Russia’s largest air freight operator is strengthening its presence in global transportation of pharmaceuticals and medical equipment
According to international airline association IATA’s latest Cargo Strategy document, the global pharmaceuticals market will reach $1.12 trillion by 2022. A large portion of this will come in the form of air transportation of temperature-sensitive medical and life-sciences products. IATA reports that last year, $12 billion was spent worldwide on such thermo-sensitive cargo logistics, and estimates that by 2020 the figure will rise to $16.7 billion.
Since 2016, Russian specialist freight carrier AirBridgeCargo (ABC), a member of Volga-Dnepr Group, has focused on this special cargo segment since 2016, with the transportation of pharma products now becoming one of its key areas of activity.
In November last year it become the first airline in Russia and the seventh in the world to be awarded IATA’s Center of Excellence for Validators in Pharmaceutical Logistics (CEIV Pharma) certification for the global transportation of pharma products, including the operator’s own route network via its cargo hub at Moscow’s Sheremetyevo.
In most cases, the transportation of pharma products requires temperature-controlled conditions. Pharma companies strictly monitor them to be sure that their medications, vaccines, and serums, for example, are not spoiled in transit before reaching the end customer.
The Russian carrier opted to embrace the pharma segment because it is confident in its ability to maintain the integrity of temperature-sensitive supply chains, AirBridgeCargo’s global sales director, Andrey Andreev, tells Russian Aviation Insider.
Providing high-quality transportation services for such types of sensitive cargoes was the key to ABC’s decision to focus on the sector. Shipping goods via a northern-climate country like Russia demands specific skills and equipment to avoid the risk that products will perish should they become inadvertently exposed to unfavorable temperatures.
For its pharma shipment missions AirBridgeCargo utilises the freighter versions of the Boeing 747-8s and 747-400s. These aircraft have three individual cargo compartments, each with a temperature control feature, and which are able to maintain different ambient settings within a temperature range of +4°С to +29°С.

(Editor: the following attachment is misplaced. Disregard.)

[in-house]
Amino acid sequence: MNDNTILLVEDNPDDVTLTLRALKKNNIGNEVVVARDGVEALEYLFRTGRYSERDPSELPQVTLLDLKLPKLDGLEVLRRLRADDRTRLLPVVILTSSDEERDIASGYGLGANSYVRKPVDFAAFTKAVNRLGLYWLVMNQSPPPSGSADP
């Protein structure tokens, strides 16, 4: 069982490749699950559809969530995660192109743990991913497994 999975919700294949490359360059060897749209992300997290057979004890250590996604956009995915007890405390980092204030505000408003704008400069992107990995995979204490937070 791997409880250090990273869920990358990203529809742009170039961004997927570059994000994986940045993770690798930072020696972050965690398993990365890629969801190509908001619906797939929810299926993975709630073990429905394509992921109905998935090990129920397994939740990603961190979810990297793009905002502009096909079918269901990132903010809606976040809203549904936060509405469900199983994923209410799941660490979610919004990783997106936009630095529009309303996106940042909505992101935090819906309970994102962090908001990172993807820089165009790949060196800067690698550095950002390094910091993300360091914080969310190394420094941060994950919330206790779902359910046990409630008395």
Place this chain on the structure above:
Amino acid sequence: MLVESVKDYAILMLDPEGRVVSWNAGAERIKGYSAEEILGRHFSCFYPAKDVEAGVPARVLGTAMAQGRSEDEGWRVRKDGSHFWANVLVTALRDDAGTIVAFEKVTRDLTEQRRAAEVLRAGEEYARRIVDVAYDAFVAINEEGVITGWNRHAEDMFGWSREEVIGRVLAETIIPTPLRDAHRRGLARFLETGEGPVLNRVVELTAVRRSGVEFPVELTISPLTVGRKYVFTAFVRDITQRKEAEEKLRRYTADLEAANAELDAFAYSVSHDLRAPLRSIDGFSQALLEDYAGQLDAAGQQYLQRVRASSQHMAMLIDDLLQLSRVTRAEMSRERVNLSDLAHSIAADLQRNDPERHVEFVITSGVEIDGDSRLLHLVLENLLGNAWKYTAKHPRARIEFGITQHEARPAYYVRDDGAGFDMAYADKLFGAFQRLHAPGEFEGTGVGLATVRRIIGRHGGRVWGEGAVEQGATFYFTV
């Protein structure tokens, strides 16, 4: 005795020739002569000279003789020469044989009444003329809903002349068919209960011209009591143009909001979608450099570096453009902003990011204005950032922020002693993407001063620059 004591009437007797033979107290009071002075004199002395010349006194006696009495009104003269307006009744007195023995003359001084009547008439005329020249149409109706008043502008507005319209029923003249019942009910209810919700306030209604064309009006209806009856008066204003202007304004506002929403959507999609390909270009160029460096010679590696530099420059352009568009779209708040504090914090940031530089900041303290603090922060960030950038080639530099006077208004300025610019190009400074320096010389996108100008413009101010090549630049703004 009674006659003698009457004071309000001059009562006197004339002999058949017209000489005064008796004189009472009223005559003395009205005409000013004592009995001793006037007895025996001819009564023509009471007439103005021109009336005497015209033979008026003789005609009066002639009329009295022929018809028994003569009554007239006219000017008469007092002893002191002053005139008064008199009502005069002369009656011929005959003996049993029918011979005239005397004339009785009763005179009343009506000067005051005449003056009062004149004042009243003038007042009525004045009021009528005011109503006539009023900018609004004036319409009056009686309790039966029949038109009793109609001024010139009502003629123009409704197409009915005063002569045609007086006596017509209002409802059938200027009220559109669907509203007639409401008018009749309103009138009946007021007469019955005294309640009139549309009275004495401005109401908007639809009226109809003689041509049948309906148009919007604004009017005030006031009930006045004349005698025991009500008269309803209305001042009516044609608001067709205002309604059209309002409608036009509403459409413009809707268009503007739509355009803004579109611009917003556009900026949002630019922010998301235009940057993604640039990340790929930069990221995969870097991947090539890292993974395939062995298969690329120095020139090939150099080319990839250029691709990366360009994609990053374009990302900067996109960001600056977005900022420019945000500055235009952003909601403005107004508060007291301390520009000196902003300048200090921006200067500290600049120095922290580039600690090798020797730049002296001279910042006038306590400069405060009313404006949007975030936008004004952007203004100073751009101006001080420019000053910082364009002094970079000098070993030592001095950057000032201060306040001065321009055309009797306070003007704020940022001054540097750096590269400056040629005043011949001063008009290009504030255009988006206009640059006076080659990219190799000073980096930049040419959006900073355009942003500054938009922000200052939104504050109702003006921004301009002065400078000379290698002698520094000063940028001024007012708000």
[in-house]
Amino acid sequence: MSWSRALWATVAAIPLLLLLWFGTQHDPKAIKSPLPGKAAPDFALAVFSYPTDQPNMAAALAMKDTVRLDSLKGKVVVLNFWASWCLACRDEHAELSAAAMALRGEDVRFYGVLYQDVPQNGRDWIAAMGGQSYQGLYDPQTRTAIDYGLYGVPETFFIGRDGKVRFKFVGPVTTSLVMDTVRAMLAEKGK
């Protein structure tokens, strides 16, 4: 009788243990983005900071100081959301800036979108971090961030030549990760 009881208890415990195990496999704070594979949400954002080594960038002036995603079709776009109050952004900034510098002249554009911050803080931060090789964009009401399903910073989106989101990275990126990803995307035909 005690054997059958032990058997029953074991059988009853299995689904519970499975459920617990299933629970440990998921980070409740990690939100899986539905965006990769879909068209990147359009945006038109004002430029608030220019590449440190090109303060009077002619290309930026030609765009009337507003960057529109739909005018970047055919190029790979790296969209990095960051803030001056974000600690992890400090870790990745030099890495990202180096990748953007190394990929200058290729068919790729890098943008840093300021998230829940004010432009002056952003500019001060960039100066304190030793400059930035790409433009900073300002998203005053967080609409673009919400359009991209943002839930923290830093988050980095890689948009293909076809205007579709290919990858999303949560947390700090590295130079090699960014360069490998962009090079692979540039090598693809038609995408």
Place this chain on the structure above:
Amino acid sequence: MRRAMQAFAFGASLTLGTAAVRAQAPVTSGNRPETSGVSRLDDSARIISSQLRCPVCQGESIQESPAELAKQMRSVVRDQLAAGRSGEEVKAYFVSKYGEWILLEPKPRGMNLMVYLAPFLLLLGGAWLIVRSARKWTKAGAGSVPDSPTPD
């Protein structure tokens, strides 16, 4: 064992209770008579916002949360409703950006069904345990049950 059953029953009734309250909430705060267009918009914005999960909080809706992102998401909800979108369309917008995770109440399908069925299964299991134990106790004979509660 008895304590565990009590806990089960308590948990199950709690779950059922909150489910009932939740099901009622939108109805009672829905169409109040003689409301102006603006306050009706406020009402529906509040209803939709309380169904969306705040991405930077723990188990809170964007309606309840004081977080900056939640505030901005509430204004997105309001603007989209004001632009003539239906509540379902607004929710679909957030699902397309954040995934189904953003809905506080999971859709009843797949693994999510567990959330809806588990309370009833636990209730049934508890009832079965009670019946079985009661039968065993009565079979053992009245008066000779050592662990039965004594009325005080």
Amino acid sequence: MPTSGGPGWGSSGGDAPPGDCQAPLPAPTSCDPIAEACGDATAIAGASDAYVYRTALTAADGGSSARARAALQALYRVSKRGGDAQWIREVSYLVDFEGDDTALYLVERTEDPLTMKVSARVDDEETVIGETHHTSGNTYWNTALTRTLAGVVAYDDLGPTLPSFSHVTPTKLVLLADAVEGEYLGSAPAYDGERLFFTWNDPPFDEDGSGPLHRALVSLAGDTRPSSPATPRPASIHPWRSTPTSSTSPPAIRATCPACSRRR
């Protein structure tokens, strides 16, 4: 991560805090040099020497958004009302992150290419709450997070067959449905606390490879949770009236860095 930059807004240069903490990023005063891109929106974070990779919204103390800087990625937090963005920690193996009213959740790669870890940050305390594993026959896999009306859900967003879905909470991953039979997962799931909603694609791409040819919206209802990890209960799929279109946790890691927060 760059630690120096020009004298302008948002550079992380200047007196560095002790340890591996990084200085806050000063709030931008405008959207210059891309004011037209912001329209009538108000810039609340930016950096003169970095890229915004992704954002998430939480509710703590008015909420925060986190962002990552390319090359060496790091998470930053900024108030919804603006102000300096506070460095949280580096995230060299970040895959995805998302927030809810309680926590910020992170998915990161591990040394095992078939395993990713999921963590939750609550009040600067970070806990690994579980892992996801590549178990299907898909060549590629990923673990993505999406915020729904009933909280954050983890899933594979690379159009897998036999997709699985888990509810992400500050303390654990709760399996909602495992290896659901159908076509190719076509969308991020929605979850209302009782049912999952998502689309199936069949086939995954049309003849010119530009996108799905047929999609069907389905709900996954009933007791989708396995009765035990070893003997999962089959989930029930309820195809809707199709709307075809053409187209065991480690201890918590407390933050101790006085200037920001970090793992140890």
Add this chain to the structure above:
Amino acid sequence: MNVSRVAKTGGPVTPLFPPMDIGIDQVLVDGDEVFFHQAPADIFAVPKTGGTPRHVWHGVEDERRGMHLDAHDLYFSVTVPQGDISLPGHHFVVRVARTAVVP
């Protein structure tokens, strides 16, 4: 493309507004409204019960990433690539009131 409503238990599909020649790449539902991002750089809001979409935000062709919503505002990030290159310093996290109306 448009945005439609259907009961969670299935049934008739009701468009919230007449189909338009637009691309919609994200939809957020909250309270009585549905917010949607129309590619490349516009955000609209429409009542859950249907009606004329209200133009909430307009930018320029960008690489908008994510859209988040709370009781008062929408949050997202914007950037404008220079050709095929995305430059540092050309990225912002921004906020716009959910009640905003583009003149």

With the required temperature settings adjusted one hour prior to loading, refrigerated containers and certified thermal blankets also contribute to providing unbroken constant temperatures for palletized shipments.
The human factor also plays a vital role in the pharma transportation business, especially on the ground during delivery of the cargo from aircraft to warehouse, Andreev points out. The company has designed and introduced an online temperature tracking system that monitors the transportation status of items at any stage of their journey.
Customers can use the e-service to watch real-time temperature indications for their cargoes. In cooperation with Boeing, the operator also launched a separate dispatcher-to-aircraft reporting system which makes it possible to “communicate” with the aircraft during the flight. The system uses pallet sensors as well as wi-fi hotspots to track the actual condition of the cargo while on its way to/from the warehouse.
The 24/7 online cargo tracking capability allows the carrier to promptly respond to any temperature deviations and make appropriate and timely correctional decisions together with the customer. In this way, AirBridgeCargo is showing that it is eager and ready to provide maximum transparency of its logistics – a development which in turn has enhanced the company’s credibility on the marketplace.